Mr Lew Chuen Hong, chief executive of the Infocomm Media Development Authority (IMDA), said that "5G is the next bound of mobile technology that underpins our digital economy" and "offers many good job opportunities".

The 5G training was done under the Singapore 5G and Telecoms Academy, set up in November last year as part of IMDA's TechSkills Accelerator initiative. The initiative designs programmes to train workers and matches them to infocomm technology jobs.

An autonomous electric safety vehicle equipped with 5G-enabled cameras that can spot people who social distancing measures. ST PHOTO: GIN TAY

The 5G academy is led by SP and the National University of Singapore (NUS). It works with institutes of higher learning, telcos and other industry partners to coordinate programmes to develop skills across the country's 5G ecosystem.

The 3,000 Singaporeans were trained in skills that allowed them to operate and maintain 5G networks, as well as develop 5G services.

IMDA also announced last year that it was working with the telcos to hire and reskill another 1,000 professionals in 5G.

One of the trainees, Singaporean Ramanan Kalechelvam, said that learning 5G skills means services like online gaming with less lag and drone deployments can be developed and offered to customers.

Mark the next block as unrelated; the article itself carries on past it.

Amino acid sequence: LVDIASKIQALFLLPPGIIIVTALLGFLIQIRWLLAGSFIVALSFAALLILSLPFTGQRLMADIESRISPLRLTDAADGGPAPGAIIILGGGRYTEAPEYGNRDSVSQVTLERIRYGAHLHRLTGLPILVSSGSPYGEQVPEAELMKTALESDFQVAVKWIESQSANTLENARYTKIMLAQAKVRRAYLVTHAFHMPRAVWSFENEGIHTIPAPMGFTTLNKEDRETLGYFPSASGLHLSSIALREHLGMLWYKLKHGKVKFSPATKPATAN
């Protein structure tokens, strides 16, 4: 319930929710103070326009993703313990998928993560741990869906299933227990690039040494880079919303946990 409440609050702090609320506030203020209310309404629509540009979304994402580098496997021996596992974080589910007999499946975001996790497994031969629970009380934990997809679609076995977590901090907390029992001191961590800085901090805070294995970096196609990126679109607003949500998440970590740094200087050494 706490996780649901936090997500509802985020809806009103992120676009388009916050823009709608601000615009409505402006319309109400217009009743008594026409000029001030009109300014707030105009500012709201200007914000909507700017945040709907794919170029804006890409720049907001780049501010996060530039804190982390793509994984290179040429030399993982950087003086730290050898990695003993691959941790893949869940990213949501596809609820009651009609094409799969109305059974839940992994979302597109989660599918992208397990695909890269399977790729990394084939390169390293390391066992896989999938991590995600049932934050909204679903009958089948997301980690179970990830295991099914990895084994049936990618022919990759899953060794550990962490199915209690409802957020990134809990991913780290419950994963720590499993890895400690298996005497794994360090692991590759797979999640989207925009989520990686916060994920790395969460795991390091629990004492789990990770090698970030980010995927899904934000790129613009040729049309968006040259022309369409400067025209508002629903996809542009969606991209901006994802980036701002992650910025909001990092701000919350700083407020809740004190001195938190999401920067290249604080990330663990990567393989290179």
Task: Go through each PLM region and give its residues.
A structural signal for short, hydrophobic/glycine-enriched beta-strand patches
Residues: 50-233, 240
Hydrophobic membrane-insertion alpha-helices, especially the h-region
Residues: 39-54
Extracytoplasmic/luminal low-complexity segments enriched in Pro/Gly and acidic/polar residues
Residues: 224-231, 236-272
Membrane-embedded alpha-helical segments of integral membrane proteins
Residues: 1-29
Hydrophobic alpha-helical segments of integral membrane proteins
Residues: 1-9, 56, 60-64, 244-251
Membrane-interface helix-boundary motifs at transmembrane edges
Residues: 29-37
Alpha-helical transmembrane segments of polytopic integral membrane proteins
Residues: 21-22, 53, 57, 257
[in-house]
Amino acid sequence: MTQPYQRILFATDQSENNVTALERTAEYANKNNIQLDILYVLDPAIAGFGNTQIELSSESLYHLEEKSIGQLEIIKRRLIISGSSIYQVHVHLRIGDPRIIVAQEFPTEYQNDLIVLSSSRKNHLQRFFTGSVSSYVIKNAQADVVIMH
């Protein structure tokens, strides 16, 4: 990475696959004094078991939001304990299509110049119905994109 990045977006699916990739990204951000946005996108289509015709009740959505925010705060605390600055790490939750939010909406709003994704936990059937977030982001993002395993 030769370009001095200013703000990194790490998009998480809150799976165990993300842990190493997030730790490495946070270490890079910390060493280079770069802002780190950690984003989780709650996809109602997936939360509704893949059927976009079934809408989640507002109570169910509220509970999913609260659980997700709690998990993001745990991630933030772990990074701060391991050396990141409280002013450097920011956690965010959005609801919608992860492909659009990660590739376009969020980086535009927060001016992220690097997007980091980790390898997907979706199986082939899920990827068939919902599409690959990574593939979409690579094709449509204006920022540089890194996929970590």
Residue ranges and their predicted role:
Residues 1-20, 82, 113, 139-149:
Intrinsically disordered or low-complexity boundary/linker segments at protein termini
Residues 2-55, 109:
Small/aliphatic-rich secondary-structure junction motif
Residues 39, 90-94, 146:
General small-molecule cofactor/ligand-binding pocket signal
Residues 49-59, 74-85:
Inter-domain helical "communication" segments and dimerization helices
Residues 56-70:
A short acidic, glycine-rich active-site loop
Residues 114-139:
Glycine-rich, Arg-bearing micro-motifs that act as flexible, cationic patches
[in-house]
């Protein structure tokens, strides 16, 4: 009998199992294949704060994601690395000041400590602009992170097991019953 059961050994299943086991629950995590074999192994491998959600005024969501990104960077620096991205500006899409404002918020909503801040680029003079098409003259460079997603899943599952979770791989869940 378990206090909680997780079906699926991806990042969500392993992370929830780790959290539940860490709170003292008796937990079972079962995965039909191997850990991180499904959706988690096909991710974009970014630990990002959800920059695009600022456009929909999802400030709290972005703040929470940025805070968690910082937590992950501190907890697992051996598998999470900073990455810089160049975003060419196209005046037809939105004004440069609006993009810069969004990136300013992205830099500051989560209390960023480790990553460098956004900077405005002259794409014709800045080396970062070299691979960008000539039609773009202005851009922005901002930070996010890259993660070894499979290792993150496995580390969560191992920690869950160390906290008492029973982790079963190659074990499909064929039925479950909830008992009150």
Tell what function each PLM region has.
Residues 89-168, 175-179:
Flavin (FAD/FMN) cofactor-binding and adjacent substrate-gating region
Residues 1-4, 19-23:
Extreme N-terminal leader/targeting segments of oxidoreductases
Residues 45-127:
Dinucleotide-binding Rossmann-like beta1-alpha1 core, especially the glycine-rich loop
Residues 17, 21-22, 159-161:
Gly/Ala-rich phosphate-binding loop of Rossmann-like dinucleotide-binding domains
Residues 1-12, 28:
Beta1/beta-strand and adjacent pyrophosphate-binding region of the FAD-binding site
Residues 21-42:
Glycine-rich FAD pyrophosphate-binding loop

Mr Ramanan Kalechelvam is a development operations manager at Singtel. ST PHOTO: GIN TAY

The 31-year-old Singtel development operations manager is under a programme that provides fresh and mid-career professionals on-the-job training in infocomm technology like 5G, while they earn a salary. For Mr Ramanan, he also picks up skills from trainers.

The training costs are borne jointly by IMDA and the employer.

"Having a deep understanding of 5G gives insight to what is coming next and what are the possibilities in the future, so that we can try to build solutions that are more future proof," added Mr Ramanan.

Singtel said that about 90 of its employees are slated to complete the 5G training programme by the end of the year, and more than 200 by the end of 2023.

M1 also announced on Wednesday that more than 90 of its employees will be trained in 5G skills under the hire and reskill partnership with IMDA. The telco is working with Workforce Singapore on this career conversion programme.